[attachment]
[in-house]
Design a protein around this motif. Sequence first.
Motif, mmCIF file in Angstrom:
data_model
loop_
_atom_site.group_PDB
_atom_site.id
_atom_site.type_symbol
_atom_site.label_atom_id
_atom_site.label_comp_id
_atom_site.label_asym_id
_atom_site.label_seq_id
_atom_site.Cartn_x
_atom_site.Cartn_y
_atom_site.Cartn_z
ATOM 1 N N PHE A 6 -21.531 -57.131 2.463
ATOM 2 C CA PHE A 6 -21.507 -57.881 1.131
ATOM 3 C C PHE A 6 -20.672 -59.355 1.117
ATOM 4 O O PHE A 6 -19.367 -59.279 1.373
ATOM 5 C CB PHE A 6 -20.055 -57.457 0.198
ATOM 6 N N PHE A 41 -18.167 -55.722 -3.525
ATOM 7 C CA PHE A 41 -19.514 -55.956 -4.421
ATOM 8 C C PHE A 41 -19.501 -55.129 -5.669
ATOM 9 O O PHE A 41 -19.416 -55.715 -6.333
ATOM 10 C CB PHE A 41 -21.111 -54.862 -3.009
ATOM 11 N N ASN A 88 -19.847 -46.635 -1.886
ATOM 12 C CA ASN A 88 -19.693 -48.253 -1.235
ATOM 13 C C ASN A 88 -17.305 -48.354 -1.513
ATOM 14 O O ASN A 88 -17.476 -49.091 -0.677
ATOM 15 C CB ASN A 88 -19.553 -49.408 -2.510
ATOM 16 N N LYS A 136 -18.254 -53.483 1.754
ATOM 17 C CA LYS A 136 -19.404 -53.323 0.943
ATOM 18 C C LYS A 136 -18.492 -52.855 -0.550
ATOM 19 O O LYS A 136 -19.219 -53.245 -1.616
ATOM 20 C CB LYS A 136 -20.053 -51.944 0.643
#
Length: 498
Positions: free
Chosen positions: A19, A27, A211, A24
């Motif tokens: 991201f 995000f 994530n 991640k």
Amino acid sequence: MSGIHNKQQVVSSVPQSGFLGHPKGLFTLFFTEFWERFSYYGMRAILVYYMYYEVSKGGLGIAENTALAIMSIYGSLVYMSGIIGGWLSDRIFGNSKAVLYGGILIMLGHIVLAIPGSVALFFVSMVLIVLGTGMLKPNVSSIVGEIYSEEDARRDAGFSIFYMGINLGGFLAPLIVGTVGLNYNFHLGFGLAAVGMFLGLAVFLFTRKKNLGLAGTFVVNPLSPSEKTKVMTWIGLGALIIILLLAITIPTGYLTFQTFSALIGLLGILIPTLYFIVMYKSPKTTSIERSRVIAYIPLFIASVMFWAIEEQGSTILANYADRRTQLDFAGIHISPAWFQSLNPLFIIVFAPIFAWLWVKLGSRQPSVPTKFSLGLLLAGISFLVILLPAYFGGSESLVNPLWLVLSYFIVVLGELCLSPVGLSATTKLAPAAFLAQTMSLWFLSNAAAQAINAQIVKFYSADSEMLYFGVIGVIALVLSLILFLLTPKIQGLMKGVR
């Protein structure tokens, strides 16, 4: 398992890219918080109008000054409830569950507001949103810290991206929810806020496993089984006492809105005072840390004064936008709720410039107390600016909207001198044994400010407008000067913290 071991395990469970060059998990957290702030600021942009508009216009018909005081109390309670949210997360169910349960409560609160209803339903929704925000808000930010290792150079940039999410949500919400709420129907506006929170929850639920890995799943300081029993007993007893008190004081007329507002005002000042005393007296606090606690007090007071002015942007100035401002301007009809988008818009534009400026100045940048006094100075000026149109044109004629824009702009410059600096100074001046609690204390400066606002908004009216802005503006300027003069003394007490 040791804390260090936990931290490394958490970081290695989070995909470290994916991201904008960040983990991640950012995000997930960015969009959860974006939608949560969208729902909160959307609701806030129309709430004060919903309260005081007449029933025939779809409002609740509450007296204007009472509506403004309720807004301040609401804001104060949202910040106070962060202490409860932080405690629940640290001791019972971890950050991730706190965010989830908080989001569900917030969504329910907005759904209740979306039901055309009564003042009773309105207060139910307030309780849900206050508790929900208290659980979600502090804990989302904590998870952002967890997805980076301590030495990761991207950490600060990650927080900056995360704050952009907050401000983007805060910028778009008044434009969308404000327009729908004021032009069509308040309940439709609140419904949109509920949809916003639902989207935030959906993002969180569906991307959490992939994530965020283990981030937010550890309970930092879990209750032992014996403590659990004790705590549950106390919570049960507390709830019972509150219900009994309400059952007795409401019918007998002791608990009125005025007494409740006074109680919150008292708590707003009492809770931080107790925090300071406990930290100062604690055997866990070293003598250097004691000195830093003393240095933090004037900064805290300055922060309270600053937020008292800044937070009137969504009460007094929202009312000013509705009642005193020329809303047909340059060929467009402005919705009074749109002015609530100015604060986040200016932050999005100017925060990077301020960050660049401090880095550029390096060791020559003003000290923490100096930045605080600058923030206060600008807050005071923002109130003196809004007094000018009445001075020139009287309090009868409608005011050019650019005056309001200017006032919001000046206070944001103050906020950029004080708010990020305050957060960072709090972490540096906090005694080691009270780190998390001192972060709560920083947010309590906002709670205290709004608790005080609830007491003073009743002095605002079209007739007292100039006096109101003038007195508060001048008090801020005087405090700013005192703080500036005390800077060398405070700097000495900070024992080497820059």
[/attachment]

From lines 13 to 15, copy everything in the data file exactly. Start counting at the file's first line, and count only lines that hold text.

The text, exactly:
_atom_site.Cartn_x
_atom_site.Cartn_y
_atom_site.Cartn_z